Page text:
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Editorial: Reed reinvigorates Problem Solvers as a caucus that could make a difference

Congress has desperately needed a counterbalance to the Freedom Caucus, the hard-right alliance of members whose rigid inflexibility has tied Washington in knots for several years. Now, it may have one, thanks in large part to the vision of Rep. Tom Reed, R-Corning.

Together with Rep. Josh Gottheimer, a freshman Democrat from New Jersey, Reed has refreshed the Problem Solvers Caucus, turning it from little more than a bumper sticker into a force with the potential to exert real influence. It’s a bipartisan approach whose members want – or, at least, say they want – to deal with issues rather than just obstruct or, in the worst cases, hold a knife to the throat of the government.

Reed, a former tea party candidate, has moved more toward the center in recent years, both through a citizens group called No Labels and the previous incarnation of Problem Solvers. The first effort, though, turned out to be mainly for show. It lacked any commitment to the goals it professed.

But with Reed and Gottheimer reinvigorating the organization, it has developed muscle. Its promise now is to vote as a bloc, just as the Freedom Caucus does, in an effort to produce broadly acceptable solutions to issues where action is too often blocked by congressional extremists. Its rules require a balance of Republicans and Democrats.

Predictably, that change in approach cost the caucus a share of its members: Not everyone has the nerve it takes to solve problems in a contentious time. That change to bloc voting initially reduced membership to 30 from around 80, but it has since risen to 43, according to Reed.

That compares favorably to the Freedom Caucus’ membership of around 30, though with Republicans in control of Congress, the Problem Solvers’ influence is unlikely to be as significant. Given the Freedom Caucus’ role within the majority party, it has been able to leverage its influence, becoming the tail that wags the willing dog.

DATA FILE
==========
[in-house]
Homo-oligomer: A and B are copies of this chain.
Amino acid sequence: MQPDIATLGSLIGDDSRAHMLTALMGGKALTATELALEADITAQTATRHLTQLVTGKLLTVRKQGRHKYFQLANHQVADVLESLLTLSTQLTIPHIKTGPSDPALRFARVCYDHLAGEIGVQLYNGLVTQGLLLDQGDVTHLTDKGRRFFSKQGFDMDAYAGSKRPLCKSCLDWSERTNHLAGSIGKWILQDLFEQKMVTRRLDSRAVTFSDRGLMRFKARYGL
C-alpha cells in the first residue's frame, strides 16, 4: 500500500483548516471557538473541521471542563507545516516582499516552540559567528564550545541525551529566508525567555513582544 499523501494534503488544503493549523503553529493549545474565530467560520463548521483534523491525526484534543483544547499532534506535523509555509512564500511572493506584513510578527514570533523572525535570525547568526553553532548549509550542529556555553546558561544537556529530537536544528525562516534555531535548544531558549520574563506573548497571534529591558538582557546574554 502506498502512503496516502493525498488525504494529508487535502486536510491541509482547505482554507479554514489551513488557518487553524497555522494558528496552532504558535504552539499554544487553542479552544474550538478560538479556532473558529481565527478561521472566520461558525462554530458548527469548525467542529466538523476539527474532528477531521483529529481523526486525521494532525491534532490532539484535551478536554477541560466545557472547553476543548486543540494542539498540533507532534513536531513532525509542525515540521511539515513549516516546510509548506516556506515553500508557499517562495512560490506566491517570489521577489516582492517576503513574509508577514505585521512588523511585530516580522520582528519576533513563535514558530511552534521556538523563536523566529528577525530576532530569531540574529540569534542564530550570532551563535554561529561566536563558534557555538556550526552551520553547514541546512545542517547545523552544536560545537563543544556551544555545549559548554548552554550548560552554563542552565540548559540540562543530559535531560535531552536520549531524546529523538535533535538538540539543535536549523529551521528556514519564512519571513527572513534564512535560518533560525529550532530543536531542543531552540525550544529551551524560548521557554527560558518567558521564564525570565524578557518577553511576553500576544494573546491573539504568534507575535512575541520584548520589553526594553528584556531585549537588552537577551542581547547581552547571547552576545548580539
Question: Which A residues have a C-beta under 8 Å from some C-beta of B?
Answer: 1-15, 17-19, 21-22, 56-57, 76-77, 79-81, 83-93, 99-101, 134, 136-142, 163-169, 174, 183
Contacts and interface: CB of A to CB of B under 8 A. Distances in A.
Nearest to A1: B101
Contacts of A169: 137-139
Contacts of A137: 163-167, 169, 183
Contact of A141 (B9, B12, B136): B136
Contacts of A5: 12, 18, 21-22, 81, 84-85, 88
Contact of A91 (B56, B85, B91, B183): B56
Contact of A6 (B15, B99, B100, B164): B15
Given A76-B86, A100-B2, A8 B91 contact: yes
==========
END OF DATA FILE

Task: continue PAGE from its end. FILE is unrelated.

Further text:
The difference is that the Problem Solvers Caucus is seeking to find solutions, not to tear down or merely block. First on its agenda has been to look for a way to prevent the Affordable Care Act from collapsing in the disruptive wake of Congress’ impotence on health care and President Trump’s hostility to the law.

Sustained by pizza, tacos and beverages of undisclosed potency, members of the bipartisan caucus put together legislation aimed at stabilizing the market for individual health plans. Their approach would make federal subsidies permanent and create a fund that states can use to reduce premiums. That appeals to Democrats, while Republicans like the piece that ends the requirement that small businesses provide insurance to their employees, and abolishes the medical device tax. It’s what compromise is about.

While the actual effect of the proposals is uncertain, it is encouraging that members of opposite parties are talking with, instead of shouting past, each other. And they’re not alone.

Governors are getting into the act, too. They are helping to fill the vacuum created by an ineffective Congress and an unreliable president. Govs. John Kasich, R-Ohio, and John Hickenlooper, D- Colo., are also joining forces in an effort to stabilize the markets for individual health insurance. It’s a natural consequence of Congress’ decision to be ineffective.

And, make no mistake, that was the decision. Anytime the opposition is ignored – and even vilified – the ability to function is undermined. Congress has been working that way for too long, choking off its own oxygen supply and clearing the way for other power centers to move in.

A change has been needed for years, and it is pleasing that a congressman whose district includes parts of Western New York is leading that way. It will be to the country’s benefit if the Problems Solvers can expand its influence. Two good places for that to happen are in the 26th and 27th Congressional Districts of New York, occupied by Democrat Brian Higgins and Republican Chris Collins. They should join or explain to constituents why they would object.

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